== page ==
Like children, some words can be very, very naughty. I don’t mean that they’re rude in themselves, no. Naughty words are those that are tricky and slippery and given to occasional changes of meaning.
Take the word ‘trolling’ for instance. Last night I watched a deeply disturbing documentary about people who (for reasons best known to themselves) post vile messages and disgusting pictures on tribute websites and Facebook pages dedicated to dead children. This, apparently, is known as ‘trolling’. According to the one ‘troll’ who was actually lured out to be interviewed for the documentary they do this because they object to the fact that people who never knew the deceased post messages of support on these sites. Trolls find this offensive it seems. They also like to provoke controversy and reaction. Great.
Firstly, as someone who has experienced bereavement I can state categorically that a kind word from a complete stranger who didn’t know my loved one was always very welcome. Secondly, there are other ways of provoking reactions. Just off the top of my head, dropping your trousers in front of the Prime Minister would provoke, I imagine, a most satisfyingly extreme and possibly violent reaction.
But I’m not here to talk about Internet trolls per se. No, it’s the word ‘troll’ that interests me because it is one of those slippery little devils that occasionally changes its meaning.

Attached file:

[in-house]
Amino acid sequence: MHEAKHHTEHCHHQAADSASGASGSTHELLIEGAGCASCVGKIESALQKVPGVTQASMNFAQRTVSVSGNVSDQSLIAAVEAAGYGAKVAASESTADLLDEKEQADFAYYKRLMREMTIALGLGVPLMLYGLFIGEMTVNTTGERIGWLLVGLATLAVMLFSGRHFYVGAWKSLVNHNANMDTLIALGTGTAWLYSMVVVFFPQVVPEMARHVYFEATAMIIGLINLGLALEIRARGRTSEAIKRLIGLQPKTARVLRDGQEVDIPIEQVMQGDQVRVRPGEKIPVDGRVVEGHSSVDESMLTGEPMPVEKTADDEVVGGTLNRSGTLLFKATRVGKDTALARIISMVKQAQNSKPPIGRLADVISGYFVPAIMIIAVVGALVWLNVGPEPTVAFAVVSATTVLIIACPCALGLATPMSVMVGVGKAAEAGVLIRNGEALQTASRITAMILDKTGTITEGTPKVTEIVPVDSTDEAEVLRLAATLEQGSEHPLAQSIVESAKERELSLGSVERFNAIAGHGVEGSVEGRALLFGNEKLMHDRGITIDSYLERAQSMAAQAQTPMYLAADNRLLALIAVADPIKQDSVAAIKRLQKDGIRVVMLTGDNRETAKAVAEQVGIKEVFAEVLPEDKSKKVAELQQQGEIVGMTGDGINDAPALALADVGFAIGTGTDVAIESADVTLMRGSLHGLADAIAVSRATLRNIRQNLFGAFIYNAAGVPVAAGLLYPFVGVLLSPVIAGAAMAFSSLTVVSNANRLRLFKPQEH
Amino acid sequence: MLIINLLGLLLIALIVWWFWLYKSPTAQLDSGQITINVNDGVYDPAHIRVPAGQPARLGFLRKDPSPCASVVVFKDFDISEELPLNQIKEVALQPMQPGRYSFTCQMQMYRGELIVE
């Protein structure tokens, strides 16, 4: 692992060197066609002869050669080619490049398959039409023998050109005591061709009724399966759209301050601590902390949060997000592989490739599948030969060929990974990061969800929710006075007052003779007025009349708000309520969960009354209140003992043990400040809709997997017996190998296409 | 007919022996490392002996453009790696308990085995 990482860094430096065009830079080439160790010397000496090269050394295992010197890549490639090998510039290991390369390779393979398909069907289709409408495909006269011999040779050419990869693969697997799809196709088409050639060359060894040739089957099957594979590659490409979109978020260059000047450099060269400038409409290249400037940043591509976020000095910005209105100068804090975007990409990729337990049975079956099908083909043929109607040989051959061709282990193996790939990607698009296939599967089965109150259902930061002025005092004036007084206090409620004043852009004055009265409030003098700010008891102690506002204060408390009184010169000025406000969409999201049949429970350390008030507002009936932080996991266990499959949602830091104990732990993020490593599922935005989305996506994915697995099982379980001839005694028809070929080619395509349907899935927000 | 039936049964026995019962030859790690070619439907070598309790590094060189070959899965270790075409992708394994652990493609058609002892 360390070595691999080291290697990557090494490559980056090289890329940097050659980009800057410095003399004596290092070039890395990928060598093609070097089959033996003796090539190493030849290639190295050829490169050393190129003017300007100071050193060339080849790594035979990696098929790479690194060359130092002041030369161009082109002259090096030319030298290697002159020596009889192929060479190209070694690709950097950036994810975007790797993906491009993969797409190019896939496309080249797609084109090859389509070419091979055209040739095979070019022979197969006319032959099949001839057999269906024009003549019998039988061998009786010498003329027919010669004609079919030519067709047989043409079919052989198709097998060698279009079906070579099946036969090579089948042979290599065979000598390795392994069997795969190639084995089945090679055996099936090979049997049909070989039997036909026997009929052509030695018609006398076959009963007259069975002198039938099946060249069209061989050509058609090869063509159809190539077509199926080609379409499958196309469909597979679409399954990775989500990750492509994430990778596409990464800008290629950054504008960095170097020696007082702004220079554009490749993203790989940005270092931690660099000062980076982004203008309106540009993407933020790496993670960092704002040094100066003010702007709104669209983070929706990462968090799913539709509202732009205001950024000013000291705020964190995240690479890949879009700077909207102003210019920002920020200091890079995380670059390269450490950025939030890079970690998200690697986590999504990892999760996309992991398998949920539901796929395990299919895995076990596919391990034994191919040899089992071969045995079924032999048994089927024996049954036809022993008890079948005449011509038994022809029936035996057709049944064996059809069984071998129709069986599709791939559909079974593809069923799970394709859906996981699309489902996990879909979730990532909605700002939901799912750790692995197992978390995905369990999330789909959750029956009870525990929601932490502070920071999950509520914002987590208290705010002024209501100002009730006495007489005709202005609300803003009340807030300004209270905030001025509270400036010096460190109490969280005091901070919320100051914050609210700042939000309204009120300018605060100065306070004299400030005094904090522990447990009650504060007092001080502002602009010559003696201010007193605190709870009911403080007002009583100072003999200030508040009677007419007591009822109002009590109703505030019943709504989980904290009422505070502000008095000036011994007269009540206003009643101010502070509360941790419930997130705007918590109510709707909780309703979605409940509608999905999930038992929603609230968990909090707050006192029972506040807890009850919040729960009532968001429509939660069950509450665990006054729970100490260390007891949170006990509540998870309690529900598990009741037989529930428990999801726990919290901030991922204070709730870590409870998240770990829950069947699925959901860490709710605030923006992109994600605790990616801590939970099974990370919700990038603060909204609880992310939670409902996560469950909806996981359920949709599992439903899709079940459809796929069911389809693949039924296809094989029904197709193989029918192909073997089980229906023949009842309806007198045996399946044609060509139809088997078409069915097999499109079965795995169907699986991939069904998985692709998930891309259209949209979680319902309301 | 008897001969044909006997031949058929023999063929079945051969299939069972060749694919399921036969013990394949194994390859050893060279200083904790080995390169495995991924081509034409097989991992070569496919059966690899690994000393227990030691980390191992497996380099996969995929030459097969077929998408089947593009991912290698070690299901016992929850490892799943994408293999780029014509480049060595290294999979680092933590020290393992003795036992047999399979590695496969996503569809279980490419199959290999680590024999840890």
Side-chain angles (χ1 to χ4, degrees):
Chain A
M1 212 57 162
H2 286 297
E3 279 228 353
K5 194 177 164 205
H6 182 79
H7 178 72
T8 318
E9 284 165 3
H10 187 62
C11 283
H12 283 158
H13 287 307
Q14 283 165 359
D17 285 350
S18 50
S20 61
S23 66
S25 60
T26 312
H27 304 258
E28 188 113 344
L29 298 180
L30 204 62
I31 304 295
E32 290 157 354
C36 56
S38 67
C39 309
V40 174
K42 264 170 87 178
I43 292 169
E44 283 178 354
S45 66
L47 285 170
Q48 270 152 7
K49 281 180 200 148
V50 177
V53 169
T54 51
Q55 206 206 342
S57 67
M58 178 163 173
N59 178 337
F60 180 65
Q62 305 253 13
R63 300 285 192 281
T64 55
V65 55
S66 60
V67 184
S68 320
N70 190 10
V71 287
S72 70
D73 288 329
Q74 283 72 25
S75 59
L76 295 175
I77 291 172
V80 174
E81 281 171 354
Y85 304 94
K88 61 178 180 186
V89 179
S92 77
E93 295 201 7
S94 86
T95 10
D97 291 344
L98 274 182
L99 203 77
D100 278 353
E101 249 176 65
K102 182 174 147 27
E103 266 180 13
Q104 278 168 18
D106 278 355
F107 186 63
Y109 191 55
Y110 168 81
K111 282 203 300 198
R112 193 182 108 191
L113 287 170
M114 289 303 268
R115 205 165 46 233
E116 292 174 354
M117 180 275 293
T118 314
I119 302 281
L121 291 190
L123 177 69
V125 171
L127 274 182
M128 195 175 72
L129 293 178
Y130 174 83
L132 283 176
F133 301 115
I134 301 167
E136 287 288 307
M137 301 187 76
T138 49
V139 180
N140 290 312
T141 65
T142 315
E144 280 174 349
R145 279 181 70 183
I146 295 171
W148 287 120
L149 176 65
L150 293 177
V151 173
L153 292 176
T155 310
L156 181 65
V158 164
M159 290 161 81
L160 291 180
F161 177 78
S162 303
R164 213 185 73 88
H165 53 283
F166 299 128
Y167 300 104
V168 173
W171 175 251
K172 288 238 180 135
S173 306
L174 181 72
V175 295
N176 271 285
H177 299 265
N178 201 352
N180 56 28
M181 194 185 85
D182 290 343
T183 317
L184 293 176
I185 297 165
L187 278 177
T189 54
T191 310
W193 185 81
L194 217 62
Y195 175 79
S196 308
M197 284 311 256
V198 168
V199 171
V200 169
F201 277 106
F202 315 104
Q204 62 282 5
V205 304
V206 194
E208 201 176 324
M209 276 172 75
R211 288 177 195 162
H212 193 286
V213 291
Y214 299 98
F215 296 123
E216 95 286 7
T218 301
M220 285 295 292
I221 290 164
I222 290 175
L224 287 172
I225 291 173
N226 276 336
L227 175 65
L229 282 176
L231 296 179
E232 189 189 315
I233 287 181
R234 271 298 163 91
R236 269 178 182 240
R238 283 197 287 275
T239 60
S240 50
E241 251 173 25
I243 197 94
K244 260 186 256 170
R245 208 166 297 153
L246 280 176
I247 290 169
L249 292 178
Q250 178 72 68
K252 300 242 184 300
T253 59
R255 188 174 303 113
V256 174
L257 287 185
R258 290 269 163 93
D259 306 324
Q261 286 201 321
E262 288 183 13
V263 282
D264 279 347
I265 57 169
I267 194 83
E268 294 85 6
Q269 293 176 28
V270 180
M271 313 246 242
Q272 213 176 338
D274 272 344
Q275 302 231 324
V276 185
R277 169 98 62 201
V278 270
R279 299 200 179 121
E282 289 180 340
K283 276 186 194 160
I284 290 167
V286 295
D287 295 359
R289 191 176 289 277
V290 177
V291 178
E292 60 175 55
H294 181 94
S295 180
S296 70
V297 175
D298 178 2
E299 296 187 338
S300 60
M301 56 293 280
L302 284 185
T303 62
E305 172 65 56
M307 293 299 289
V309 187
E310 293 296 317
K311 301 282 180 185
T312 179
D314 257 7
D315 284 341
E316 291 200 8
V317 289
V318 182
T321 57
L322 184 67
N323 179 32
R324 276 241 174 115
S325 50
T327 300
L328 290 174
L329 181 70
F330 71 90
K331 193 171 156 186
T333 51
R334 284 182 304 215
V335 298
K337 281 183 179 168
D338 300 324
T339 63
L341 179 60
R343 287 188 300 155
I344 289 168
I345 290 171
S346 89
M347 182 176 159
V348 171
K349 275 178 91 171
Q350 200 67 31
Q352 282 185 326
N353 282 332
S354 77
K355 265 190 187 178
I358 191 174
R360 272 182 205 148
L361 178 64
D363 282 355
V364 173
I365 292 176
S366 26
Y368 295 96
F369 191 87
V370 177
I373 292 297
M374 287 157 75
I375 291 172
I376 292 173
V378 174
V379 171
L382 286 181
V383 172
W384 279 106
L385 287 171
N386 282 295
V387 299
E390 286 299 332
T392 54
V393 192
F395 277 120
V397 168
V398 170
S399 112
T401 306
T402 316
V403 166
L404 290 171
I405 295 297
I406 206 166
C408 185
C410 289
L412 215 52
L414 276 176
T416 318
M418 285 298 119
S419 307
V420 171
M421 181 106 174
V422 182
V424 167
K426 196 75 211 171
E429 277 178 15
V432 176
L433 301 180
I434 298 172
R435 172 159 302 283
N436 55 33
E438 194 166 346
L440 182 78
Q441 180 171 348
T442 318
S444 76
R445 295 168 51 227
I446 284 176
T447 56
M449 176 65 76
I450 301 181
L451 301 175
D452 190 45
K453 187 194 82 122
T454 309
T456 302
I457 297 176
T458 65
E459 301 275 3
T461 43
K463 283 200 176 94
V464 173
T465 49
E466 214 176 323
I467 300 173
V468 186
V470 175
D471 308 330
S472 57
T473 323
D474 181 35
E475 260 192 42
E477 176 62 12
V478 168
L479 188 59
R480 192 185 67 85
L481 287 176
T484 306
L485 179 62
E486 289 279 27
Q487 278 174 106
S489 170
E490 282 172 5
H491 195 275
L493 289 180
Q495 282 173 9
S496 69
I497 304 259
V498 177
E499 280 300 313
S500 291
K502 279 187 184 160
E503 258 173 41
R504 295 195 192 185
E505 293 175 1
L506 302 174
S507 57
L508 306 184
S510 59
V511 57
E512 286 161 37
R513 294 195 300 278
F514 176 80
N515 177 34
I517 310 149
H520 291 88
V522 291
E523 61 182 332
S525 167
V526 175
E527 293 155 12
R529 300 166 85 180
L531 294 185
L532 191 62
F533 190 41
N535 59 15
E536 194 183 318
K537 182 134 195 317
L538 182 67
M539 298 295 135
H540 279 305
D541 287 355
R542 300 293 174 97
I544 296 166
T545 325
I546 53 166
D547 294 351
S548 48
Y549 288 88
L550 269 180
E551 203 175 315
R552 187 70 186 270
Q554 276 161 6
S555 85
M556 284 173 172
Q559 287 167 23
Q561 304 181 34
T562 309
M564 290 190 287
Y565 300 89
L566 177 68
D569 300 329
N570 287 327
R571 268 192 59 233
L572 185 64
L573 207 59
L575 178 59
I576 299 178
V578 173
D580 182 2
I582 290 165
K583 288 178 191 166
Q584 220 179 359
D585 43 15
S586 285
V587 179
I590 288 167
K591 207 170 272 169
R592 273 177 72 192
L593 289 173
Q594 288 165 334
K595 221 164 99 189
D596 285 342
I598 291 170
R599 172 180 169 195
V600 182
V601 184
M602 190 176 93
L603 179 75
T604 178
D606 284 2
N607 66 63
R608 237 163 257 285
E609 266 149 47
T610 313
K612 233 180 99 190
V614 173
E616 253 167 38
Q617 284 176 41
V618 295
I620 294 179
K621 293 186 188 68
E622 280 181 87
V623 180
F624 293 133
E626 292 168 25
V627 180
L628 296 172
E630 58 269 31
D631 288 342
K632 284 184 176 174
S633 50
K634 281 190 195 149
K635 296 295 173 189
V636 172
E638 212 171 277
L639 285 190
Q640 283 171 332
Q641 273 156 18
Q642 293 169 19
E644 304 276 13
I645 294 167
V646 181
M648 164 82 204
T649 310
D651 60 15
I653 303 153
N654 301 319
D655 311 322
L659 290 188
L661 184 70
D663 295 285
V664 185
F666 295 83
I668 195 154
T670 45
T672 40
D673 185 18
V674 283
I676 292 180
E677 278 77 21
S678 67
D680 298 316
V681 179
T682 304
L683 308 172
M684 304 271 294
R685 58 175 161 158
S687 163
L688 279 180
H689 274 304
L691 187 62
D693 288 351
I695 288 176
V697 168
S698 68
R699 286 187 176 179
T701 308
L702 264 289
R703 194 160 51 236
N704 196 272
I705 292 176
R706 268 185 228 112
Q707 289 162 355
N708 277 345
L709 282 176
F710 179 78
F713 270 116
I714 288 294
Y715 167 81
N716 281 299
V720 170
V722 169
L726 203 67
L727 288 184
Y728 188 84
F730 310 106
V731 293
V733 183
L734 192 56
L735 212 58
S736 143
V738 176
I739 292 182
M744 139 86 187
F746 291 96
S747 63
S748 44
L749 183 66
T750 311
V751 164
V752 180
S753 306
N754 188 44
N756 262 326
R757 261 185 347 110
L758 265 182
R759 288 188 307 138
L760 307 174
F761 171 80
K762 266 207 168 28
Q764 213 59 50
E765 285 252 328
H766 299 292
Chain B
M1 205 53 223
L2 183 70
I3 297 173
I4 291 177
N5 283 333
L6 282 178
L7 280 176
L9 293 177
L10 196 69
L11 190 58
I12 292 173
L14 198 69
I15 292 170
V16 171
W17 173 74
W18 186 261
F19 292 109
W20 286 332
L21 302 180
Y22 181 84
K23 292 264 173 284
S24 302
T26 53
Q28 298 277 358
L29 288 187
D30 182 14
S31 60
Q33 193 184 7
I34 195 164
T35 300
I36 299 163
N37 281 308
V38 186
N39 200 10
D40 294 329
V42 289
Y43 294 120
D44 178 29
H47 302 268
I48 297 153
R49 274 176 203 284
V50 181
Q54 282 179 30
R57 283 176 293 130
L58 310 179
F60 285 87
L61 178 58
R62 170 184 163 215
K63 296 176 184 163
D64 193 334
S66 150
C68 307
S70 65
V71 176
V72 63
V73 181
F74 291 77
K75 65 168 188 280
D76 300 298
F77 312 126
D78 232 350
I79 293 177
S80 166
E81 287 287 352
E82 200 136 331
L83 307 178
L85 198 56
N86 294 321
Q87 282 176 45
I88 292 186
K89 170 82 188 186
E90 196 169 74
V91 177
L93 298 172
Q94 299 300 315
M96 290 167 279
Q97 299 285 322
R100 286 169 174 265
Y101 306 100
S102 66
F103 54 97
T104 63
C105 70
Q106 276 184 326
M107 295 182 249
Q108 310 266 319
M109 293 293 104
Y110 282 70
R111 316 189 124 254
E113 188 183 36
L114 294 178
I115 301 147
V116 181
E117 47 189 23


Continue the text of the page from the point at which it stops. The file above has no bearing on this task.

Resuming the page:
Troll used to mean and means different things in different places. In Scandinavia it was a mythical being generally perceived as something rather dirty and malign. Trolls were dangerous to human beings who tried not to fall foul of them by avoiding lakes, mountains and forests known to be ‘owned’ by trolls. In old French the word ‘troller’ was a hunting term used by those stalking deer and wild pigs.
Possibly from this word ‘troller’ there developed an English word ‘trolling’ which was adopted into the gay patois of post war London. This patois, called polari, was developed so that gay people could talk to each other without ‘outsiders’ knowing what they were saying. Homosexuality was illegal in England and Wales until 1967 and so this kind of discretion was essential.
Back before Noah was born, when I was a teenager, I moved in a London theatrical scene that was still dominated by middle aged gay men who had suffered under the harsh pre-1967 anti-homosexual laws. They automatically spoke the polari and taught it to younger men and to women and girls, like myself, who lived in that world. And one of my favourite words was ‘trolling’.
When you went out trolling you got your glad rags on, put the sexiest pout you could imagine on your face and you went out hunting for love. Places like the Kings Road in Chelsea, the Soho district and pubs like the Salisbury in St Martin’s Lane were prime sites to troll and be trolled at. I regularly used to waft around such places covered in make-up, wearing feathers and smoking furiously. We trolled for all we were worth and sometimes we met men who appreciated us all the more for it. There was even, and still is, a drag act called The Trollettes – featuring the fabulous Jimmy and Maisie Trollette – who I saw many times back in those outré and yet strangely innocent days.
Troll, trolling, trollette – these are very naughty words indeed but because of my personal past I do still love them despite their sinister modern connotations. So maybe it’s time for troll to get on its bike and change its meaning again. I like the trolling that involves putting on too much jewellery, drinking gin and flirting with dark eyed men in shady pubs. With that in mind I’ve decided to start using the ‘t’ word in its old, gay patois sense and not dignify people who abuse RIP sites with such a deliciously wonderful term. Keep trolling fun is what I say – keep it outré, kind and fabulous.